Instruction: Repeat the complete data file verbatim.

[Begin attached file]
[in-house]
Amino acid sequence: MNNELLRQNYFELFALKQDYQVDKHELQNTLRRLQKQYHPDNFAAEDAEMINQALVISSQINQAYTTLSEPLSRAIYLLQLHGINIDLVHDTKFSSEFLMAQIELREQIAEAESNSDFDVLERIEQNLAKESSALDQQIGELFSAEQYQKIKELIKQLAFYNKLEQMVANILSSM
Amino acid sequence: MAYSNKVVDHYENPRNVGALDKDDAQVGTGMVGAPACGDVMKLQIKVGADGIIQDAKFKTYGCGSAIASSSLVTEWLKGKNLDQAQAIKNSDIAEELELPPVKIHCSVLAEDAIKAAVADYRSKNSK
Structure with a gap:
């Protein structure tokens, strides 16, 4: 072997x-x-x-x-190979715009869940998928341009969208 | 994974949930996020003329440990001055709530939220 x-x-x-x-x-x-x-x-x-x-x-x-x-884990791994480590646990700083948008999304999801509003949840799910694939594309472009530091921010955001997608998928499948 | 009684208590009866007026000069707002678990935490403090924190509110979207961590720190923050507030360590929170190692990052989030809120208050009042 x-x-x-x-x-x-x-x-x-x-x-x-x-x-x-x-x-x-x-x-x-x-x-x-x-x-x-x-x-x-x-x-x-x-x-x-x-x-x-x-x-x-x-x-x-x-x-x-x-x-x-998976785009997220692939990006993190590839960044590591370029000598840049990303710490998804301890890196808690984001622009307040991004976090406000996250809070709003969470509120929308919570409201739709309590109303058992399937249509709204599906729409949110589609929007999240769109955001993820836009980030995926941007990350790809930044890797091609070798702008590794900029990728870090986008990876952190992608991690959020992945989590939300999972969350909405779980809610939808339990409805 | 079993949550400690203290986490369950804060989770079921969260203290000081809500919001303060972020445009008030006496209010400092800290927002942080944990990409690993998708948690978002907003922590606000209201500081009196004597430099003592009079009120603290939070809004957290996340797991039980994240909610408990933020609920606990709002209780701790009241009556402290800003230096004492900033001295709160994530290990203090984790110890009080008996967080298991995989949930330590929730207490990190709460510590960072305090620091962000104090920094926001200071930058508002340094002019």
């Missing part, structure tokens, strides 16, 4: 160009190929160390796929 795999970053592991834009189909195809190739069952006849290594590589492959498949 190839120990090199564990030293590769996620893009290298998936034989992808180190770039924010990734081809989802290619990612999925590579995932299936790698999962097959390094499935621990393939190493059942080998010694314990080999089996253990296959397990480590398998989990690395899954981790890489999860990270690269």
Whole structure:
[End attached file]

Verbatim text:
[in-house]
Amino acid sequence: MNNELLRQNYFELFALKQDYQVDKHELQNTLRRLQKQYHPDNFAAEDAEMINQALVISSQINQAYTTLSEPLSRAIYLLQLHGINIDLVHDTKFSSEFLMAQIELREQIAEAESNSDFDVLERIEQNLAKESSALDQQIGELFSAEQYQKIKELIKQLAFYNKLEQMVANILSSM
Amino acid sequence: MAYSNKVVDHYENPRNVGALDKDDAQVGTGMVGAPACGDVMKLQIKVGADGIIQDAKFKTYGCGSAIASSSLVTEWLKGKNLDQAQAIKNSDIAEELELPPVKIHCSVLAEDAIKAAVADYRSKNSK
Structure with a gap:
């Protein structure tokens, strides 16, 4: 072997x-x-x-x-190979715009869940998928341009969208 | 994974949930996020003329440990001055709530939220 x-x-x-x-x-x-x-x-x-x-x-x-x-884990791994480590646990700083948008999304999801509003949840799910694939594309472009530091921010955001997608998928499948 | 009684208590009866007026000069707002678990935490403090924190509110979207961590720190923050507030360590929170190692990052989030809120208050009042 x-x-x-x-x-x-x-x-x-x-x-x-x-x-x-x-x-x-x-x-x-x-x-x-x-x-x-x-x-x-x-x-x-x-x-x-x-x-x-x-x-x-x-x-x-x-x-x-x-x-x-998976785009997220692939990006993190590839960044590591370029000598840049990303710490998804301890890196808690984001622009307040991004976090406000996250809070709003969470509120929308919570409201739709309590109303058992399937249509709204599906729409949110589609929007999240769109955001993820836009980030995926941007990350790809930044890797091609070798702008590794900029990728870090986008990876952190992608991690959020992945989590939300999972969350909405779980809610939808339990409805 | 079993949550400690203290986490369950804060989770079921969260203290000081809500919001303060972020445009008030006496209010400092800290927002942080944990990409690993998708948690978002907003922590606000209201500081009196004597430099003592009079009120603290939070809004957290996340797991039980994240909610408990933020609920606990709002209780701790009241009556402290800003230096004492900033001295709160994530290990203090984790110890009080008996967080298991995989949930330590929730207490990190709460510590960072305090620091962000104090920094926001200071930058508002340094002019």
């Missing part, structure tokens, strides 16, 4: 160009190929160390796929 795999970053592991834009189909195809190739069952006849290594590589492959498949 190839120990090199564990030293590769996620893009290298998936034989992808180190770039924010990734081809989802290619990612999925590579995932299936790698999962097959390094499935621990393939190493059942080998010694314990080999089996253990296959397990480590398998989990690395899954981790890489999860990270690269």
Whole structure: